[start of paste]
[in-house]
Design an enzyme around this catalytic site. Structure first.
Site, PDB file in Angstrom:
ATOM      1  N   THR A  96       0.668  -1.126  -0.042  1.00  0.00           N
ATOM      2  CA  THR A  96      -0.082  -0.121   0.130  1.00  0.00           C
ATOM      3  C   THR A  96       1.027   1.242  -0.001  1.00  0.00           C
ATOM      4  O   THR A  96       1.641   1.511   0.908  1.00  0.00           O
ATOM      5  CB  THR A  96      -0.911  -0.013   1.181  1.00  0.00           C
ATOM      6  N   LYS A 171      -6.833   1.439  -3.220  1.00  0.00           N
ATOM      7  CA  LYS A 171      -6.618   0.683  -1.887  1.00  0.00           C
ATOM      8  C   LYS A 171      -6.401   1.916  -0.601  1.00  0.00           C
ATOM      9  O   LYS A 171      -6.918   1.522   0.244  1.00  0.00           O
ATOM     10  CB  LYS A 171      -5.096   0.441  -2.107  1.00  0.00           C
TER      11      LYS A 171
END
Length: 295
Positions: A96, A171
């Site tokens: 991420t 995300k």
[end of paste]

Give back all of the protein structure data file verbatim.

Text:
[in-house]
Design an enzyme around this catalytic site. Structure first.
Site, PDB file in Angstrom:
ATOM      1  N   THR A  96       0.668  -1.126  -0.042  1.00  0.00           N
ATOM      2  CA  THR A  96      -0.082  -0.121   0.130  1.00  0.00           C
ATOM      3  C   THR A  96       1.027   1.242  -0.001  1.00  0.00           C
ATOM      4  O   THR A  96       1.641   1.511   0.908  1.00  0.00           O
ATOM      5  CB  THR A  96      -0.911  -0.013   1.181  1.00  0.00           C
ATOM      6  N   LYS A 171      -6.833   1.439  -3.220  1.00  0.00           N
ATOM      7  CA  LYS A 171      -6.618   0.683  -1.887  1.00  0.00           C
ATOM      8  C   LYS A 171      -6.401   1.916  -0.601  1.00  0.00           C
ATOM      9  O   LYS A 171      -6.918   1.522   0.244  1.00  0.00           O
ATOM     10  CB  LYS A 171      -5.096   0.441  -2.107  1.00  0.00           C
TER      11      LYS A 171
END
Length: 295
Positions: A96, A171
């Site tokens: 991420t 995300k």